I appeal to you therefore, brothers, by the mercies of God, to present your bodies as a living sacrifice, holy and acceptable to God, which is your spiritual worship. Do not be conformed to this world, but be transformed by the renewal of your mind, that by testing you may discern what is the will of God, what is good and acceptable and perfect.
— Romans 12:1–2

There is a proper response to God’s mercy and grace. It’s taking our bodies and using them for his glory rather than our own happiness. The world says that the entire purpose of our lives is to indulge in personal pleasure. God, however, has a bigger agenda. He saved us for a divine purpose. We are to use our bodies to serve him. This service is an act of worship. This means we can work, play, study or date in a way that is worship.

Now hang with me for a couple of technical sentences, because there is a nice payoff on the other side. You get the gold star of intellectual accomplishment if you make it to the end.

Both of the key verbs in the next verse, conformed and transformed, are in what is called the passive imperative. (Verb tense is very important in the Greek language, because it points you to the type of action and the state of the action.) What this means is that conforming and transforming are actually done to you rather than something performed by you. The Greek tense also means you are commanded to avoid conforming to the world while allowing yourself to be transformed by the Holy Spirit.

Being conformed to the normal patterns of the world (dating patterns, for the sake of our current series) is completely normal. It is the default response to the pressures of life. This is why commentator JB Phillips translates it as, “Do not let the world around you squeeze you into its own mold”. We must resist the conforming power of this present evil age. There is a worldview and system of thinking that passively allows the world to dictate how we live. If we don’t obey the command to fight against it, then we will be drawn into the vortex of worldly living and dating. Our sexual ethic will fall lockstep with the world’s.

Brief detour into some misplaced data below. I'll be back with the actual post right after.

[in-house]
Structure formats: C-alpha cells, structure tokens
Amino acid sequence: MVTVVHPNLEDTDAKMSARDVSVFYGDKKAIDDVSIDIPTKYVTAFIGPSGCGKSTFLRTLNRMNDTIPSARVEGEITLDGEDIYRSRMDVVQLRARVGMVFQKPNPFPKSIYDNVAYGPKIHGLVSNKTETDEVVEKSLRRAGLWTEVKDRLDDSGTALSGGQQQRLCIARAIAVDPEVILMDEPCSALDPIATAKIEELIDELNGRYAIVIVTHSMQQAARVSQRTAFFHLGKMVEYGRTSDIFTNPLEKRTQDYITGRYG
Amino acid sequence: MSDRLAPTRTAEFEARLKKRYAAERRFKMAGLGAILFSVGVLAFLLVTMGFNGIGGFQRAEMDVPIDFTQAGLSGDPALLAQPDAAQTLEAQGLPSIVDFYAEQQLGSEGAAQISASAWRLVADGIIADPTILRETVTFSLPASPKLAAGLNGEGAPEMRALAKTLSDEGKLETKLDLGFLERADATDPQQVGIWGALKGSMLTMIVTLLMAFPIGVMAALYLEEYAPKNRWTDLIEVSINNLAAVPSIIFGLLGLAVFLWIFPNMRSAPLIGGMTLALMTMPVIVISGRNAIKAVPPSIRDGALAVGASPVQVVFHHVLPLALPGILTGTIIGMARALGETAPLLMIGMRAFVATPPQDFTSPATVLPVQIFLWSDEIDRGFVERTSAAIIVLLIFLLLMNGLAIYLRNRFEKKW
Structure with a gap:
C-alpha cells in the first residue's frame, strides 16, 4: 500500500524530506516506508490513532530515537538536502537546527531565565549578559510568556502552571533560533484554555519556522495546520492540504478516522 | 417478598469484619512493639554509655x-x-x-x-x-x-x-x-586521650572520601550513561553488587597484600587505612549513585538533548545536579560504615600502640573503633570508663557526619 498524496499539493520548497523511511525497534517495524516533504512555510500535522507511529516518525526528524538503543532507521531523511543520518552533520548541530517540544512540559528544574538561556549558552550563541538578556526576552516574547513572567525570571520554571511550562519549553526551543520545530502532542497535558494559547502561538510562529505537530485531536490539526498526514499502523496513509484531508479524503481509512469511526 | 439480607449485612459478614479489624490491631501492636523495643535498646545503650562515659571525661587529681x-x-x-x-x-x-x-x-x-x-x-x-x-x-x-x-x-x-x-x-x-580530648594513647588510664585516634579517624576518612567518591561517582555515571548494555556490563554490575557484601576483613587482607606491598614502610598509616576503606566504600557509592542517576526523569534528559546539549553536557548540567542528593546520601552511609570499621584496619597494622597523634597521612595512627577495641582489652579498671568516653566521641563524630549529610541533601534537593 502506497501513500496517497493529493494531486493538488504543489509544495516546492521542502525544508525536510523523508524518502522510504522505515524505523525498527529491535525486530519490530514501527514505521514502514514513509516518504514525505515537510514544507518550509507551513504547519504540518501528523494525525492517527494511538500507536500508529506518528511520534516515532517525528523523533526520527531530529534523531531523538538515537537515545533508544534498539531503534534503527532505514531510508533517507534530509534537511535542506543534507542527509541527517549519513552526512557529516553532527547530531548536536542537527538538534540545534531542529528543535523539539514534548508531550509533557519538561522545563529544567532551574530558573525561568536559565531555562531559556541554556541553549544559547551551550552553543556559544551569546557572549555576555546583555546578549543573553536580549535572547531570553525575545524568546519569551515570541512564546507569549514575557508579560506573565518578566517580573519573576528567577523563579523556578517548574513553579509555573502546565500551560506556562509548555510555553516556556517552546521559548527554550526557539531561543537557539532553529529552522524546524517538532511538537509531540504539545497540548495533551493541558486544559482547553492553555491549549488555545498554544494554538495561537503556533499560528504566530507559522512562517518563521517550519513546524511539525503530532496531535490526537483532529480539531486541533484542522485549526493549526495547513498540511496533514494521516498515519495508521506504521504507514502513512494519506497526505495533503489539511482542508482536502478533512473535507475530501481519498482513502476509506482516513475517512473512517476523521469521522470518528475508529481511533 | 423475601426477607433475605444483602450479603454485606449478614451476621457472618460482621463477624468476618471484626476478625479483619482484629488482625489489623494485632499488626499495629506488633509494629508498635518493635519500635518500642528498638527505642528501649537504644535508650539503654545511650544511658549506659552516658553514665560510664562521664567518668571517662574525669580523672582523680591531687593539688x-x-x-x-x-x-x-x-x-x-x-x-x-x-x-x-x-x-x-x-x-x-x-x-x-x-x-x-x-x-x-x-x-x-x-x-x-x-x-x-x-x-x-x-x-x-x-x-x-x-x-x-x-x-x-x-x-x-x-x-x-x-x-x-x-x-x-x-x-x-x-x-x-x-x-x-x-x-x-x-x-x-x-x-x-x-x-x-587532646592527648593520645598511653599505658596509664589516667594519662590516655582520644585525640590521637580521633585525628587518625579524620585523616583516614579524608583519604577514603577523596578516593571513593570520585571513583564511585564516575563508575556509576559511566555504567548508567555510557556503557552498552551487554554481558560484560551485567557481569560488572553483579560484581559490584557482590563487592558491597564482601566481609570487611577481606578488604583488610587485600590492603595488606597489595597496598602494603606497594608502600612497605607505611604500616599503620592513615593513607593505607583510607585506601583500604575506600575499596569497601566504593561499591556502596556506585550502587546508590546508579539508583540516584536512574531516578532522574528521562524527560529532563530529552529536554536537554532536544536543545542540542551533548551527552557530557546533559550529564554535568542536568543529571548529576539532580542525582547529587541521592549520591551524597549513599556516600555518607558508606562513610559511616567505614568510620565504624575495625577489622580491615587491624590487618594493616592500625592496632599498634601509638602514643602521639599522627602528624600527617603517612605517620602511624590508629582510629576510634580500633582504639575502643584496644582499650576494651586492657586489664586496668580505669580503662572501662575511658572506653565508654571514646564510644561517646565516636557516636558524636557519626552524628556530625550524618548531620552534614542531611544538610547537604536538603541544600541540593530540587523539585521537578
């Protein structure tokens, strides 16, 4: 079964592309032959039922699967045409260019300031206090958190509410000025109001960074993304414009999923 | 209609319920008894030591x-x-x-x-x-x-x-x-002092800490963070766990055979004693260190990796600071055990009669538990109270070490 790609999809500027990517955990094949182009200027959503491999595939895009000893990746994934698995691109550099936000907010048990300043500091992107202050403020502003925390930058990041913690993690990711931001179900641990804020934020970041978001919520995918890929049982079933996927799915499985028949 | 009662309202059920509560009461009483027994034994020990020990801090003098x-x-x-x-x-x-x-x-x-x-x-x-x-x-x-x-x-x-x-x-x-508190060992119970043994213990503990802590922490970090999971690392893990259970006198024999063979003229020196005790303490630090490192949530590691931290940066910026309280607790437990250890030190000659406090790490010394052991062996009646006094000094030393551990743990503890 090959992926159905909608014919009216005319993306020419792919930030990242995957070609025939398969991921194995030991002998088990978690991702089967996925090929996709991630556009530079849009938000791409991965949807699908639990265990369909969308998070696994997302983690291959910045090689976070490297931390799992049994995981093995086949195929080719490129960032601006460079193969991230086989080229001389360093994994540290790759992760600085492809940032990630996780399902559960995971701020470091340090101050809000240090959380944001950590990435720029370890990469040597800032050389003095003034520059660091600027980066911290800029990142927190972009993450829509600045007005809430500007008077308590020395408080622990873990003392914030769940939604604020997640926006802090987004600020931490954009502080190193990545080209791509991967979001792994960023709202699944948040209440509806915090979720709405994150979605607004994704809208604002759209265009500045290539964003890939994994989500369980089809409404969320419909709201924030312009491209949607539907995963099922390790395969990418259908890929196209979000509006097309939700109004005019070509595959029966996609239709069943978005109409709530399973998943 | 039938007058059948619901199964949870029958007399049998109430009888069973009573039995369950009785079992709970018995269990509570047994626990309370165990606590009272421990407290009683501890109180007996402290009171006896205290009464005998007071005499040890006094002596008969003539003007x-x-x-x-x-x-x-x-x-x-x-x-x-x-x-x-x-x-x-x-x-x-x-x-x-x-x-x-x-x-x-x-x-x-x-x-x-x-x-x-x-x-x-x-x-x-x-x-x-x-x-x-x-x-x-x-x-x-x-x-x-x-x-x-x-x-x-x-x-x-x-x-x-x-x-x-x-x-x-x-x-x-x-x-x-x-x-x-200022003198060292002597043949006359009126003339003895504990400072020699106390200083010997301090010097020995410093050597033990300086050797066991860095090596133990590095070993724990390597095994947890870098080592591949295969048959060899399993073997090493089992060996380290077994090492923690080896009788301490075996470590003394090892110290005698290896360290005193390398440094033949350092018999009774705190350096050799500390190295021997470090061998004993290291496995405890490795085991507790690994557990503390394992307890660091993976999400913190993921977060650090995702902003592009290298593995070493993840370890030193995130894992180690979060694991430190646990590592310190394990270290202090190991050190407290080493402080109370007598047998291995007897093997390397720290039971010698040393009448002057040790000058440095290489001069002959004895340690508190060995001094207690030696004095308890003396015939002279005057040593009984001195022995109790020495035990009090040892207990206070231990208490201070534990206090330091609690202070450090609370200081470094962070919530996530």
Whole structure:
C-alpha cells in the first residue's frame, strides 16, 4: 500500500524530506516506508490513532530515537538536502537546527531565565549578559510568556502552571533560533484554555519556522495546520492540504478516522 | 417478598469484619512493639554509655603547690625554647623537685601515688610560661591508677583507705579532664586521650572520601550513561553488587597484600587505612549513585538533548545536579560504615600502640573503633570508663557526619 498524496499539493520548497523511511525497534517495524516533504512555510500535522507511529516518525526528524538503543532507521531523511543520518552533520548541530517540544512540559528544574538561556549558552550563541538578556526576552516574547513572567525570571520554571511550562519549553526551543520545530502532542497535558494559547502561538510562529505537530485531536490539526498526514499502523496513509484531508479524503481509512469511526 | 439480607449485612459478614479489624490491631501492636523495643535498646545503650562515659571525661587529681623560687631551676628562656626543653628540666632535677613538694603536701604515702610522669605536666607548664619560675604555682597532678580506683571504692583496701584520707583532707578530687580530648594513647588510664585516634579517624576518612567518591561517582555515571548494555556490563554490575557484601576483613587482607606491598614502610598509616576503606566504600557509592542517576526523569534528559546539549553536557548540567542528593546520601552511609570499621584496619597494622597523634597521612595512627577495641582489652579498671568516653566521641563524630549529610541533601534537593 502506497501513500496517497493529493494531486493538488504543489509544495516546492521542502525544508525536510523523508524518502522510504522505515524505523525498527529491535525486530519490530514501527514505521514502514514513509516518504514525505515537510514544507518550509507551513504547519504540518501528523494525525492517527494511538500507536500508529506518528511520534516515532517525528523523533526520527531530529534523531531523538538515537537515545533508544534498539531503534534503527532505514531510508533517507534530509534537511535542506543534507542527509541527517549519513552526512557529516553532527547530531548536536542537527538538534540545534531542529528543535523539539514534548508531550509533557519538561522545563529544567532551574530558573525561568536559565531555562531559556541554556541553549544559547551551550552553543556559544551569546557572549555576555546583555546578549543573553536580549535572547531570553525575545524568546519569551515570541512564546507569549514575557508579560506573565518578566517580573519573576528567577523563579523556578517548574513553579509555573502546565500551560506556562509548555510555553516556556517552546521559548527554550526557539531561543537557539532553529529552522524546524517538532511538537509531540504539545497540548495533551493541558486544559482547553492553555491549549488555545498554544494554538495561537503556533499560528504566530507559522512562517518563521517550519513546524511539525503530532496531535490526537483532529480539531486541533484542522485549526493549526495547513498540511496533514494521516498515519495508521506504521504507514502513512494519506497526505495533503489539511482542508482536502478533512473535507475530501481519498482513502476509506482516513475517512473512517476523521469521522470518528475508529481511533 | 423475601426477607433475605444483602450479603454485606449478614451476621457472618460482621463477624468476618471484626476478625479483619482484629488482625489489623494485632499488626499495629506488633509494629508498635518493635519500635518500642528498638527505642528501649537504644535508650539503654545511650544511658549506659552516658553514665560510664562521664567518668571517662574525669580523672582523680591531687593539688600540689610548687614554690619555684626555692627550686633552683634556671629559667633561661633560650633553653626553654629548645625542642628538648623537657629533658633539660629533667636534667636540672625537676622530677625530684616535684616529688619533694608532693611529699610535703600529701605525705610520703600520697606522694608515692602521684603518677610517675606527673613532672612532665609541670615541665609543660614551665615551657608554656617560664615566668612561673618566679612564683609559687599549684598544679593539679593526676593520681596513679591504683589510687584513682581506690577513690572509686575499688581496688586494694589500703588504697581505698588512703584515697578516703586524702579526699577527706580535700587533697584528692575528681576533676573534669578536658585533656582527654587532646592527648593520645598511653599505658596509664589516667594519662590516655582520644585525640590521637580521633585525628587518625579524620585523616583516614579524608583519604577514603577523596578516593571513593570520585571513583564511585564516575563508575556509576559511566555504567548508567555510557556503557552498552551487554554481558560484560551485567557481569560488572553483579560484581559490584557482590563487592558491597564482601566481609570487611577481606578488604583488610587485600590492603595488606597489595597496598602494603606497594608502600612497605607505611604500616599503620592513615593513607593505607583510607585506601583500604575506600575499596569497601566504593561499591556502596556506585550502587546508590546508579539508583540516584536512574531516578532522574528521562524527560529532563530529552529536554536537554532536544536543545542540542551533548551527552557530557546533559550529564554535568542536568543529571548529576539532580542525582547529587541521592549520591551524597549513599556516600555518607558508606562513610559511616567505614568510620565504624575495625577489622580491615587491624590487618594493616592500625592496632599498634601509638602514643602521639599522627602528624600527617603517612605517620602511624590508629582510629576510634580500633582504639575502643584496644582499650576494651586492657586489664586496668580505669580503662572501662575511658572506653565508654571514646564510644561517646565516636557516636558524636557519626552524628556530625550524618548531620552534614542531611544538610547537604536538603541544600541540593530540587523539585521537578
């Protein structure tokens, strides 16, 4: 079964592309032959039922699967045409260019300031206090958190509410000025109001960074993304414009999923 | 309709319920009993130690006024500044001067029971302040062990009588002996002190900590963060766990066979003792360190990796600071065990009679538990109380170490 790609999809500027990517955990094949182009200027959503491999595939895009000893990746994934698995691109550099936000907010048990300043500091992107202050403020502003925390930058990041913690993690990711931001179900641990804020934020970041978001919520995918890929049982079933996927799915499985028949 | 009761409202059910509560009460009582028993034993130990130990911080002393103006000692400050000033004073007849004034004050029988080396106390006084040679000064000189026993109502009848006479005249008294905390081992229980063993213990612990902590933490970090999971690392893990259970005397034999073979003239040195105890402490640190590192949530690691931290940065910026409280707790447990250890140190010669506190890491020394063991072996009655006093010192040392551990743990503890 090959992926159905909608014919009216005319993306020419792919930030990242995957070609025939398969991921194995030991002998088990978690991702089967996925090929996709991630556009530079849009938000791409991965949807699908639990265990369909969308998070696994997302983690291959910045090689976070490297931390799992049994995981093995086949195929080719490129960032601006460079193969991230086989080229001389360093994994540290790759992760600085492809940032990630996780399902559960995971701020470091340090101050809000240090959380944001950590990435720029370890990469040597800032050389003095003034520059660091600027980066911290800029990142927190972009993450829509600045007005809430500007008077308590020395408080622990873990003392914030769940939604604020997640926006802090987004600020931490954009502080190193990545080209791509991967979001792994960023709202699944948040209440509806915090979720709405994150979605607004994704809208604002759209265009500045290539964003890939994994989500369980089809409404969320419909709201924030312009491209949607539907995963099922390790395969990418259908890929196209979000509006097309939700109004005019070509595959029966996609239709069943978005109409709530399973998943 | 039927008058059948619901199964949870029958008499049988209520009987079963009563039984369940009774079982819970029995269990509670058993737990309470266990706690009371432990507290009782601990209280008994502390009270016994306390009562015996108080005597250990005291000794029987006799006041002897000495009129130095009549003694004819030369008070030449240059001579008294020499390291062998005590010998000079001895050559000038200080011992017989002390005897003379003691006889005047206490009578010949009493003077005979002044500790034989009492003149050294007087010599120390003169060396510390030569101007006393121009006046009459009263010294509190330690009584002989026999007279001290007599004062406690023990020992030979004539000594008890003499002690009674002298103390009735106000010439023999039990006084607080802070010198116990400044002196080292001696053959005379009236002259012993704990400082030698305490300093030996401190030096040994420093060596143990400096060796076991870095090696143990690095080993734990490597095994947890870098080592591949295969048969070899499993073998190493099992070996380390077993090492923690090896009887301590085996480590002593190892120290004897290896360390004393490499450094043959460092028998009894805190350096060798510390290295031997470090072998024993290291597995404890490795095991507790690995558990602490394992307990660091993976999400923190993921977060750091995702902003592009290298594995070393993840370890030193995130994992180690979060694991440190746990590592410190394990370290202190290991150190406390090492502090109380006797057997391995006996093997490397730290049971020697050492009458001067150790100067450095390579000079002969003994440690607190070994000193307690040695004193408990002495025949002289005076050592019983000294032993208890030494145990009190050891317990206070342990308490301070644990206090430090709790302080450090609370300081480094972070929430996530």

However, the admonition against conforming to the patterns of this world is juxtaposed with the transforming power of the Holy Spirit. This change agent is not something we should resist but rather something we should embrace. Allowing the Holy Spirit to transform us actually makes us look more and more like the spiritual beings that we actually already are. The same verb is only used in the New Testament a couple of times. The first is when Jesus is transfigured/transformed out of his physical flesh and into his spiritual body and the second is when Paul describes our spiritual transformation:

And we all, with unveiled face, beholding the glory of the Lord, are being transformed into the same image from one degree of glory to another.
— 2 Corinthians 3:18

There is something spiritually glorious about allowing God to do for us what we can’t do for ourselves: be transformed.

It is therefore possible that our inner, spiritual selves can come forth and be displayed in the behavior and actions of our physical bodies, even in regards to sexual expression. All of this starts with the renewal of the mind. We have to rework the way that we think and process information. The outward expression of our spiritual transformation must begin with internal renewal. We are to open our minds to the words of God, the truth about God and the prompting of the Holy Spirit. We should saturate our minds with what God says rather than listening to the worldly voices that seek to sidetrack us.

So the next time you begin to think that you can’t change your behavior, go ahead and accept that you can’t without God, because you were never meant to. But trust that the transformation of our bodies is done by God, and that is a glorious gold star worth waiting for.

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